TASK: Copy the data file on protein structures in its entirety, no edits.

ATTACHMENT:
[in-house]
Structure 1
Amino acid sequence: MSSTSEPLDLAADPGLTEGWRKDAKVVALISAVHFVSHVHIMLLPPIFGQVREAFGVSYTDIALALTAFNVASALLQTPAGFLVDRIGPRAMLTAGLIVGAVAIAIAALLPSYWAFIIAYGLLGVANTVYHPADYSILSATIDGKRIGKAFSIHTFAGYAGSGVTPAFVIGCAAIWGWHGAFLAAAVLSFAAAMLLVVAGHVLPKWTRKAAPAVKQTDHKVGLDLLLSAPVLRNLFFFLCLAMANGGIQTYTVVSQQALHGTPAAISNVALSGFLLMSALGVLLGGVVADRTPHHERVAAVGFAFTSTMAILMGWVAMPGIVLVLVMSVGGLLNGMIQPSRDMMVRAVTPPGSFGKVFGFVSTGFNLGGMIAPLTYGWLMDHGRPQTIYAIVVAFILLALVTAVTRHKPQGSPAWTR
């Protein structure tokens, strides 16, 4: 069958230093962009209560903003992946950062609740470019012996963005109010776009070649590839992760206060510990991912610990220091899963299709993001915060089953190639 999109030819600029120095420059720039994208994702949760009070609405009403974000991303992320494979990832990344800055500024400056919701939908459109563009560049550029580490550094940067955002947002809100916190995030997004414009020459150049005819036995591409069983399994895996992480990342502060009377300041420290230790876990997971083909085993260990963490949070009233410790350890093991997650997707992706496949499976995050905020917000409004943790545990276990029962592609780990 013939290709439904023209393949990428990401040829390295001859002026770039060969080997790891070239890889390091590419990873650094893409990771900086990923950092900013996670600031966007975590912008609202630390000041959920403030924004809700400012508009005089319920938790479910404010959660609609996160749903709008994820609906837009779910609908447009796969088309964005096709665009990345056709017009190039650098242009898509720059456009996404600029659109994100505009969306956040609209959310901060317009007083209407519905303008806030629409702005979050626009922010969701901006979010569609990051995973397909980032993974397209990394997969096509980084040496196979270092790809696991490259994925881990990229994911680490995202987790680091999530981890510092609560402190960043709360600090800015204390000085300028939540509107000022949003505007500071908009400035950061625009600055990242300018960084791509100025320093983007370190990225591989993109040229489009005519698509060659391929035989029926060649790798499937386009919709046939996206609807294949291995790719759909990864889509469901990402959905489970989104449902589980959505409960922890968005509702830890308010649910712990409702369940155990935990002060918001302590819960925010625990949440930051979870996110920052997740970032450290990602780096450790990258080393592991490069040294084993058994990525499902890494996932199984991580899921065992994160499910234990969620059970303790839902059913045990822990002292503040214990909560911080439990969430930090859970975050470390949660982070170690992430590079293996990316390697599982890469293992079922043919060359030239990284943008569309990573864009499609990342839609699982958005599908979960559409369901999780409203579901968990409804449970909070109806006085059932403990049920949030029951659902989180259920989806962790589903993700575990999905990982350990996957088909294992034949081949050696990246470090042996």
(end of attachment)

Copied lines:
[in-house]
Structure 1
Amino acid sequence: MSSTSEPLDLAADPGLTEGWRKDAKVVALISAVHFVSHVHIMLLPPIFGQVREAFGVSYTDIALALTAFNVASALLQTPAGFLVDRIGPRAMLTAGLIVGAVAIAIAALLPSYWAFIIAYGLLGVANTVYHPADYSILSATIDGKRIGKAFSIHTFAGYAGSGVTPAFVIGCAAIWGWHGAFLAAAVLSFAAAMLLVVAGHVLPKWTRKAAPAVKQTDHKVGLDLLLSAPVLRNLFFFLCLAMANGGIQTYTVVSQQALHGTPAAISNVALSGFLLMSALGVLLGGVVADRTPHHERVAAVGFAFTSTMAILMGWVAMPGIVLVLVMSVGGLLNGMIQPSRDMMVRAVTPPGSFGKVFGFVSTGFNLGGMIAPLTYGWLMDHGRPQTIYAIVVAFILLALVTAVTRHKPQGSPAWTR
């Protein structure tokens, strides 16, 4: 069958230093962009209560903003992946950062609740470019012996963005109010776009070649590839992760206060510990991912610990220091899963299709993001915060089953190639 999109030819600029120095420059720039994208994702949760009070609405009403974000991303992320494979990832990344800055500024400056919701939908459109563009560049550029580490550094940067955002947002809100916190995030997004414009020459150049005819036995591409069983399994895996992480990342502060009377300041420290230790876990997971083909085993260990963490949070009233410790350890093991997650997707992706496949499976995050905020917000409004943790545990276990029962592609780990 013939290709439904023209393949990428990401040829390295001859002026770039060969080997790891070239890889390091590419990873650094893409990771900086990923950092900013996670600031966007975590912008609202630390000041959920403030924004809700400012508009005089319920938790479910404010959660609609996160749903709008994820609906837009779910609908447009796969088309964005096709665009990345056709017009190039650098242009898509720059456009996404600029659109994100505009969306956040609209959310901060317009007083209407519905303008806030629409702005979050626009922010969701901006979010569609990051995973397909980032993974397209990394997969096509980084040496196979270092790809696991490259994925881990990229994911680490995202987790680091999530981890510092609560402190960043709360600090800015204390000085300028939540509107000022949003505007500071908009400035950061625009600055990242300018960084791509100025320093983007370190990225591989993109040229489009005519698509060659391929035989029926060649790798499937386009919709046939996206609807294949291995790719759909990864889509469901990402959905489970989104449902589980959505409960922890968005509702830890308010649910712990409702369940155990935990002060918001302590819960925010625990949440930051979870996110920052997740970032450290990602780096450790990258080393592991490069040294084993058994990525499902890494996932199984991580899921065992994160499910234990969620059970303790839902059913045990822990002292503040214990909560911080439990969430930090859970975050470390949660982070170690992430590079293996990316390697599982890469293992079922043919060359030239990284943008569309990573864009499609990342839609699982958005599908979960559409369901999780409203579901968990409804449970909070109806006085059932403990049920949030029951659902989180259920989806962790589903993700575990999905990982350990996957088909294992034949081949050696990246470090042996």